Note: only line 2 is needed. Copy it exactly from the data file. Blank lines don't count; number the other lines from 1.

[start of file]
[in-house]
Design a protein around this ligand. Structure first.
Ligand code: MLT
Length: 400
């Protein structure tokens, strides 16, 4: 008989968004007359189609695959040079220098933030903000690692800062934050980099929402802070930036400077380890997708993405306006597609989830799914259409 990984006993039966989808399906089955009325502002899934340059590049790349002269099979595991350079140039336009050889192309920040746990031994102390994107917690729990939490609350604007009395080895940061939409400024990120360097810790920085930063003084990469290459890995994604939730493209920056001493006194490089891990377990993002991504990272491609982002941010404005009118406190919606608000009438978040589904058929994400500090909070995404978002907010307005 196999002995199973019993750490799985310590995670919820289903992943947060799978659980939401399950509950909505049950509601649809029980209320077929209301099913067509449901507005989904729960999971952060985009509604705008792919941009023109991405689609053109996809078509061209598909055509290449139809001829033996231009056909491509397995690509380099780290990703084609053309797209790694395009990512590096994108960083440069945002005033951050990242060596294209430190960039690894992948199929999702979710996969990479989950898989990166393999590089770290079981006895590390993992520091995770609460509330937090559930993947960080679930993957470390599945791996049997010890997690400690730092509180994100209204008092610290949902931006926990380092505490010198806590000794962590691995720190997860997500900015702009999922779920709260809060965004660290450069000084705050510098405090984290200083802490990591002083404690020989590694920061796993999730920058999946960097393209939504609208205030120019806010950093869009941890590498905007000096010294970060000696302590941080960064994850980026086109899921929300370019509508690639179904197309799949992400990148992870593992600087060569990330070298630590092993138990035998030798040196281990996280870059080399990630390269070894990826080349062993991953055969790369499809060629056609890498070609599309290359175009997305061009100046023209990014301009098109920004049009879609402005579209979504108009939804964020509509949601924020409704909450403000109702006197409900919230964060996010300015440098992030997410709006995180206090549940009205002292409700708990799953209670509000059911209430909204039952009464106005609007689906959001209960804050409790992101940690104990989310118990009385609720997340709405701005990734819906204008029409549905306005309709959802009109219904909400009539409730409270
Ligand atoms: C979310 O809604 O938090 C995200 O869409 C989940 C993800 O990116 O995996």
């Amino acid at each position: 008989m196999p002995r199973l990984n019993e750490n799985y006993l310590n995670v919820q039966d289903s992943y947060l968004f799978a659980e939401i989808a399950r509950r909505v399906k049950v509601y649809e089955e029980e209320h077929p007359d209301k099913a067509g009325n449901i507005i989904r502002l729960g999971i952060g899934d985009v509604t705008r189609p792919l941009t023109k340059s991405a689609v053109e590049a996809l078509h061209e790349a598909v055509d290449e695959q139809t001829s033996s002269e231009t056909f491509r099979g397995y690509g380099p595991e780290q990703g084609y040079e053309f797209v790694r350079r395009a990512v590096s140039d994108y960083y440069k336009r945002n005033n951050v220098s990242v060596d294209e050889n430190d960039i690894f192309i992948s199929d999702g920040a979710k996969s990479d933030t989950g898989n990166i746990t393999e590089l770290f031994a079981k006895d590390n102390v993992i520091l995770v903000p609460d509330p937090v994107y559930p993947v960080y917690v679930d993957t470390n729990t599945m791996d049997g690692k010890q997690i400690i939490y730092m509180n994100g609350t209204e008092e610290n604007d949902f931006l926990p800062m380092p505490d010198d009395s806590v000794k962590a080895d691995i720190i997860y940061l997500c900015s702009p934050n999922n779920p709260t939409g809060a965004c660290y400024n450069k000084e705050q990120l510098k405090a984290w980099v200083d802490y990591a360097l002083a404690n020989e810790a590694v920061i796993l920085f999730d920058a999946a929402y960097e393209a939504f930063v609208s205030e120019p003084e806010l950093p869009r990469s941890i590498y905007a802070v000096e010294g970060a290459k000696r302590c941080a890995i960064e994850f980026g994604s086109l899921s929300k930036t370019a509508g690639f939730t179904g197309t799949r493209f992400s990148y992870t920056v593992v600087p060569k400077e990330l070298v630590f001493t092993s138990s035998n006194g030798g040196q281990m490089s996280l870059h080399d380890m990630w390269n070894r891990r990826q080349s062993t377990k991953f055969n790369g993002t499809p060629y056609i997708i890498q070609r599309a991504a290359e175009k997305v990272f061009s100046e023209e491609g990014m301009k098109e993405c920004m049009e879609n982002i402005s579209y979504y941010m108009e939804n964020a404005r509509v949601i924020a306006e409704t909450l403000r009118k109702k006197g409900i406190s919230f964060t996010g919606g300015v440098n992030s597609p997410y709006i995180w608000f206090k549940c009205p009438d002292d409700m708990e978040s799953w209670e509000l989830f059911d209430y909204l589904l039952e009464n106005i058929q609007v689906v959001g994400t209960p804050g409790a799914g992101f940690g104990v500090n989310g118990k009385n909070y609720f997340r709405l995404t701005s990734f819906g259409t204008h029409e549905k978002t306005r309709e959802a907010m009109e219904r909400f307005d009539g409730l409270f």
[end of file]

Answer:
Design a protein around this ligand. Structure first.